Expatriate managers -a manager who works in a country other than his/her home country Diversity – all forms of individual differences, including gender, culture, age, ability, personality, religion, economic class, social status, military, and sexual orientation 70% of workplace is whites 14% Hispanic 11% African American 5% Asian Glass ceiling – an intangible barrier that keeps women and minorities from rising above a certain organizational level. Ethical Issues compound the complex challenges of management, and involve things such as: White-collar crime Computer use Employee rights Privacy issues related to technology Drug testing Free speech Downsizing/layoffs Due process HIVE/AIDS Sexual Harassment – unwanted sexual attention Gender harassment: crude comments, behaviors that convey hostility towards a particular gender Unwanted sexual attention: unwanted touching, unwanted pressure for dates Sexual coercion: demands for sexual favors through Job-related
Organizational Justice: Distributive Justice: fairness of the outcomes that individuals receive in an organization Procedural Justice: fairness by which the outcomes are allocated in an organization Companies in danger vs.. CEO salaries Competence and skill vs.. Race and gender Whistle-blowing: an employee who informs authorities of the wrongdoing of his or her company or coworkers (public hero vs.
. Villain) Social responsibility: the obligation of an organization to behave in ethical ways Chapter 3 – Personality, Perception, and Attribution Individual differences – the way in which factors differ from one individual to another Abilities Personalities Perceptions Attitudes Values Ethics International Psychology – a psychological approach that says: In order to understand human behavior, we must know something about the person and about the situation.
Equation of behavior B = f(P,E) Personality – A relatively stable set of characteristics that influence an individual’s behavior Core Self Evaluation – a broad set of traits describing one’s self concept Locus of control Self-efficacy: beliefs and expectations about one’s ability to accomplish a specific task effectively Prior experiences and prior success Behavior models (observing success) Persuasion Assessment of current physical & emotional capabilities Self-esteem: feelings of self-worth Self-motivation: the extent to which someone is calm, cool and self-confident (as opposed to (anxious, depressed or insecure) Positive affect: an individual’s tendency to accentuate the positive aspects of oneself, other people, and the world in general Negative affect: an individual’s tendency to accentuate the negative aspects of oneself, other people, and the world in general Self-Report Questionnaire – assessment involving an individual’s responses to questions.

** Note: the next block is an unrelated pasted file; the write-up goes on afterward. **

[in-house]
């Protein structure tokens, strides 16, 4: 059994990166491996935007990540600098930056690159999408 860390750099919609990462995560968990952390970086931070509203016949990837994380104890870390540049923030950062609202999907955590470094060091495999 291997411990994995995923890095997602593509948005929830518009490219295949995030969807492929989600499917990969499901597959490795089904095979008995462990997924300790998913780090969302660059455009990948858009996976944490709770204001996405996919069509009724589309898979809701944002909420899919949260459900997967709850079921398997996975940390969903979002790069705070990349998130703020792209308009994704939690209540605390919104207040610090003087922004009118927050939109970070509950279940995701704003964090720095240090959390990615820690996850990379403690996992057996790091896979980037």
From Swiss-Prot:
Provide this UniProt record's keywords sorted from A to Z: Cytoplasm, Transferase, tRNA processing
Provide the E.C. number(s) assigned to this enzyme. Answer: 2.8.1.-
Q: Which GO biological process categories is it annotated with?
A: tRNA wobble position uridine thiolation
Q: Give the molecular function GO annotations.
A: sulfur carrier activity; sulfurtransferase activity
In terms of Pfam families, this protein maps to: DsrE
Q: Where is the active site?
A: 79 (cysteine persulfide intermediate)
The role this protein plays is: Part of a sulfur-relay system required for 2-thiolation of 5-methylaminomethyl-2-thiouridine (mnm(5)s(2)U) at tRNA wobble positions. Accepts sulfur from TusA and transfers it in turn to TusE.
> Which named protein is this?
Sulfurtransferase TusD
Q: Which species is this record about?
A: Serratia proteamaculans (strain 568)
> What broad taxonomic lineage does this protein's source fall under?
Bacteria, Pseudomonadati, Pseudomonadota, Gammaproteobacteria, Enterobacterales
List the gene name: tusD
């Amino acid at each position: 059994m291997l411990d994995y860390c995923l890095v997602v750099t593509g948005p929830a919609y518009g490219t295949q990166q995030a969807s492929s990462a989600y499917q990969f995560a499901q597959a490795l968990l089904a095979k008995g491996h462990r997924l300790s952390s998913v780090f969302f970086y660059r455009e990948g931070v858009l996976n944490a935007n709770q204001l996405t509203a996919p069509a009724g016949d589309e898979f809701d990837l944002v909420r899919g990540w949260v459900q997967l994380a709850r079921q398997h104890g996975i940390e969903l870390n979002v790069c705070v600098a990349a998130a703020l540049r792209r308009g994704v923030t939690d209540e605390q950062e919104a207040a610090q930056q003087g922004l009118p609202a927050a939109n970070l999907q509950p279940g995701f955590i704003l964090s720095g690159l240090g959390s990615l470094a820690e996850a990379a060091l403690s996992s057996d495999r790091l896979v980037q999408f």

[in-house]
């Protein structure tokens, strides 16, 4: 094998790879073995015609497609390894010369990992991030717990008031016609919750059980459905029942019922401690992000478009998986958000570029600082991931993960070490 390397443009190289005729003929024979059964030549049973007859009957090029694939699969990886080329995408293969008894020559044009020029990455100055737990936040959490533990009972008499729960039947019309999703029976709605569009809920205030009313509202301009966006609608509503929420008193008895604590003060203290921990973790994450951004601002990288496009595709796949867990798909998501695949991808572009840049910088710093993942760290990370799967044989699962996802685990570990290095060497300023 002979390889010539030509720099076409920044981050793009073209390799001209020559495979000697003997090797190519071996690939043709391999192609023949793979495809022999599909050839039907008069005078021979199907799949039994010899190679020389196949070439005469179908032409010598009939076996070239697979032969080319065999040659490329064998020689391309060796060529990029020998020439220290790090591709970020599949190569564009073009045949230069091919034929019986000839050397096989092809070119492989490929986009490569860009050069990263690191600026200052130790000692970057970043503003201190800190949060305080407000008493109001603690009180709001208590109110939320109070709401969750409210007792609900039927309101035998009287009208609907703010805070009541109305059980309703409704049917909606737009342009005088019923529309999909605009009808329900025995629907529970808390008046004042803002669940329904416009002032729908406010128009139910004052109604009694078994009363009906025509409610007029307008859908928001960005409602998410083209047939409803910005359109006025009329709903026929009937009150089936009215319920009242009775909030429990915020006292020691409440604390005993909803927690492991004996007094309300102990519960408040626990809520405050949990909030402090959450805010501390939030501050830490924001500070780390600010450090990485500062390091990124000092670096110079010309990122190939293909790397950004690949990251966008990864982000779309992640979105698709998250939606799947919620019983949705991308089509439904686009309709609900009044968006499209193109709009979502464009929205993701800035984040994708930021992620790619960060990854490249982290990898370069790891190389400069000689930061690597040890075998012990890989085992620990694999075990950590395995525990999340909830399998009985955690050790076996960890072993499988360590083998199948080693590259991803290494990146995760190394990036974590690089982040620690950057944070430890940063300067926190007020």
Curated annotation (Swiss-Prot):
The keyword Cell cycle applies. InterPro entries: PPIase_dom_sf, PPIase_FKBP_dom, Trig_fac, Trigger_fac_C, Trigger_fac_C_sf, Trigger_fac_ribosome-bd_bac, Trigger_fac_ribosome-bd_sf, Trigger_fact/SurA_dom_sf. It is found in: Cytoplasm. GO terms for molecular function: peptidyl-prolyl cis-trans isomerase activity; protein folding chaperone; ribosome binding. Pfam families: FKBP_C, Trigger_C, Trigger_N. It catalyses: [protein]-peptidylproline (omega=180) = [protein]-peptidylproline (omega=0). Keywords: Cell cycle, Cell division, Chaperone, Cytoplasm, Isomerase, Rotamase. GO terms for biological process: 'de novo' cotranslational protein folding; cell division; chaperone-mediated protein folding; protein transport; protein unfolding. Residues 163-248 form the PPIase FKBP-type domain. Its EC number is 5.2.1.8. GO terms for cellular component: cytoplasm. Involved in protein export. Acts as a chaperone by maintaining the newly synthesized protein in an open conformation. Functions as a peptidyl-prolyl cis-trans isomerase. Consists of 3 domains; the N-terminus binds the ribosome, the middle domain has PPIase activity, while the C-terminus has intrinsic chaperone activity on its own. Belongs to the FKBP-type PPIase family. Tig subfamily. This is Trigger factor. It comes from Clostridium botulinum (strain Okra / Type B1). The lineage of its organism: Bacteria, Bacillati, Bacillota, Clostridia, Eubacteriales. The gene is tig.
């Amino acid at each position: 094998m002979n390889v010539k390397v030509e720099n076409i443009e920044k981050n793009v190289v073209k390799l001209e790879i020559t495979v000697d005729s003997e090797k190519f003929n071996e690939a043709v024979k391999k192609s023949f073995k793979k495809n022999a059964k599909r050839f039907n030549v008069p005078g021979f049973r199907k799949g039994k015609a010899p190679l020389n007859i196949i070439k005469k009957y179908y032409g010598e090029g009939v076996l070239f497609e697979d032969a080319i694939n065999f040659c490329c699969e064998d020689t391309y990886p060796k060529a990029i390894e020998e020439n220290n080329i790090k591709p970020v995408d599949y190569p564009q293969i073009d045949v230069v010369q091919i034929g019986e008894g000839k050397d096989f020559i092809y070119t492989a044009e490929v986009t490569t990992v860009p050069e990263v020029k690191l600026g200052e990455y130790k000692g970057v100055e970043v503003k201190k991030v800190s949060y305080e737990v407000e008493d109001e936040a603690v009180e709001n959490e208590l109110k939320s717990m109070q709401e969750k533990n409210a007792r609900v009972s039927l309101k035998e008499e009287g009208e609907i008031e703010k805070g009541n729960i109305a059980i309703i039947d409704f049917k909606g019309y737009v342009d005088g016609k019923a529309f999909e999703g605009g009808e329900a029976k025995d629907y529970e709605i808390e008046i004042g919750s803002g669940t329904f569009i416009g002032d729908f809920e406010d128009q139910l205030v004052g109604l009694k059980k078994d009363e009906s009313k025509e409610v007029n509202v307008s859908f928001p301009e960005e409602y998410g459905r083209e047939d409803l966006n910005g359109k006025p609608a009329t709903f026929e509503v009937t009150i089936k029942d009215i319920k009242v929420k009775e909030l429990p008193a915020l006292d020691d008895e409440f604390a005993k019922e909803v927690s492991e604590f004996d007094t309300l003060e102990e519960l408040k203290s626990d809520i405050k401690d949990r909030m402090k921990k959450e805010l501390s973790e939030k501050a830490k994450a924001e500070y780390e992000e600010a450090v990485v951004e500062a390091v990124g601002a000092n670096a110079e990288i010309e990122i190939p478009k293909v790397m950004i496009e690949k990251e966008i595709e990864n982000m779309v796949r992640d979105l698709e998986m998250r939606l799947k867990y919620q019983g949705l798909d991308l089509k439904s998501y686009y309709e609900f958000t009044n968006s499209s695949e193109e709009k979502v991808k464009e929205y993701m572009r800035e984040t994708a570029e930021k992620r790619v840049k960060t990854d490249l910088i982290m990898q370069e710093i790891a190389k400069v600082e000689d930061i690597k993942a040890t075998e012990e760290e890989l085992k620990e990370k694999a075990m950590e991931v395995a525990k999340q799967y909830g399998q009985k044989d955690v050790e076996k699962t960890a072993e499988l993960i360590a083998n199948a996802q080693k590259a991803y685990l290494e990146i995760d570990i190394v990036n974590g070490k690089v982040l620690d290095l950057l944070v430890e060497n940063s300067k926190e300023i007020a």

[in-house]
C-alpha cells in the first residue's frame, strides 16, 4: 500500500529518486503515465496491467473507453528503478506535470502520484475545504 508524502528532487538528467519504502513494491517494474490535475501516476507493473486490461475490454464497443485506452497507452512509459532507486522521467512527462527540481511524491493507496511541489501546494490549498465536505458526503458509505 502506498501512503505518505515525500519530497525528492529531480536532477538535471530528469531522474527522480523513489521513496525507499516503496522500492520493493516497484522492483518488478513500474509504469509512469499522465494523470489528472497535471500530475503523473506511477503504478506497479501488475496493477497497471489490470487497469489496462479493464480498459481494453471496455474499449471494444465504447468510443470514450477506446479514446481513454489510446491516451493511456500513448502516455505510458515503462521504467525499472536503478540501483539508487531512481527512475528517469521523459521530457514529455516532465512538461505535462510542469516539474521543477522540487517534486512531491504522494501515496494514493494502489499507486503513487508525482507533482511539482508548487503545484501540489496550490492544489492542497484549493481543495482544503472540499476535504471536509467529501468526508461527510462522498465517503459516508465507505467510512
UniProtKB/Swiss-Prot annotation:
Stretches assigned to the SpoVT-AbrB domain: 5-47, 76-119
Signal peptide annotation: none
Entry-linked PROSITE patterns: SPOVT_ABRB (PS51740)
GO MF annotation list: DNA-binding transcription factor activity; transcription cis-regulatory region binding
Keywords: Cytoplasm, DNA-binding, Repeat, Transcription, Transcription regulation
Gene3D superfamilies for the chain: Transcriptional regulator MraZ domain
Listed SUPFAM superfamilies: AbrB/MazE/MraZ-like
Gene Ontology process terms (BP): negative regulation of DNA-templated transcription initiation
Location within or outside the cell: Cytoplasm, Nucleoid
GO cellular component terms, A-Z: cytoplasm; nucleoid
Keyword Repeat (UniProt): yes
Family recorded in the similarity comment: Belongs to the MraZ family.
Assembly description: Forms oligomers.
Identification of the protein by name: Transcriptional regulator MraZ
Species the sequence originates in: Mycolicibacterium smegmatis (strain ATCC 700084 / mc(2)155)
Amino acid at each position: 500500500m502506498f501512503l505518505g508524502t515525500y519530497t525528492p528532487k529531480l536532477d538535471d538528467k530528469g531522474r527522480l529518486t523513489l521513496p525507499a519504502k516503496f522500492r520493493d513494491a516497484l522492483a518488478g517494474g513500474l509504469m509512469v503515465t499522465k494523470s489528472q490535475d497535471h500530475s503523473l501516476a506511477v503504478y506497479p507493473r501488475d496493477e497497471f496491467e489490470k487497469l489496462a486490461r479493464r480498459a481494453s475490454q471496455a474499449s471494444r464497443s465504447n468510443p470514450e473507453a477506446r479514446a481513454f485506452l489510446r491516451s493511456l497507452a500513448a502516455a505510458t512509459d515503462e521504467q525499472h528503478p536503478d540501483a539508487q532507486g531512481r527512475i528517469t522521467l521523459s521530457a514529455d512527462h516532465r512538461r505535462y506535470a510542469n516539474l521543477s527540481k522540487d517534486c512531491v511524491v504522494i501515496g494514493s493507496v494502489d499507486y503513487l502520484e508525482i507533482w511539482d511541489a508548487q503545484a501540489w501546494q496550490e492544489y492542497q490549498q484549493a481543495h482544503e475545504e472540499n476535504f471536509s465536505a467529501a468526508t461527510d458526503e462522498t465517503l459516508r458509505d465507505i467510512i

Example: Myers-Briggs Type Indicator ([email protected]) Extroversion / Introversion Thinking / Feeling Preference Judging / Perceiving Preference Most American managers exhibit Myers-Briggs Sensing / Intuition behavior or that of others Internal attribution – attributing success to ability or effort External attribution – attributing success to sources beyond your control Impression Management – process by which individuals try to control the impression others have of them Name dropping Appearance Self-description Flattery Favors Agreement with opinion Social Perception Perceiver Characteristics Familiarity with target Attitudes/Mood Self-concept Cognitive structure Barriers Selective perception Stereotyping First-impression error Projection Self-fulfilling prophecies Target Characteristics Physical appearance Verbal communication Nonverbal cues and Intentions Situational Characteristics Interaction context Strength of situational cues Fundamental Attribution Error – tendency to make attributions to internal causes when focusing on someone else’s behavior Self-serving Bias – tendency to attribute one’s own successes to internal causes and one’s failures to external causes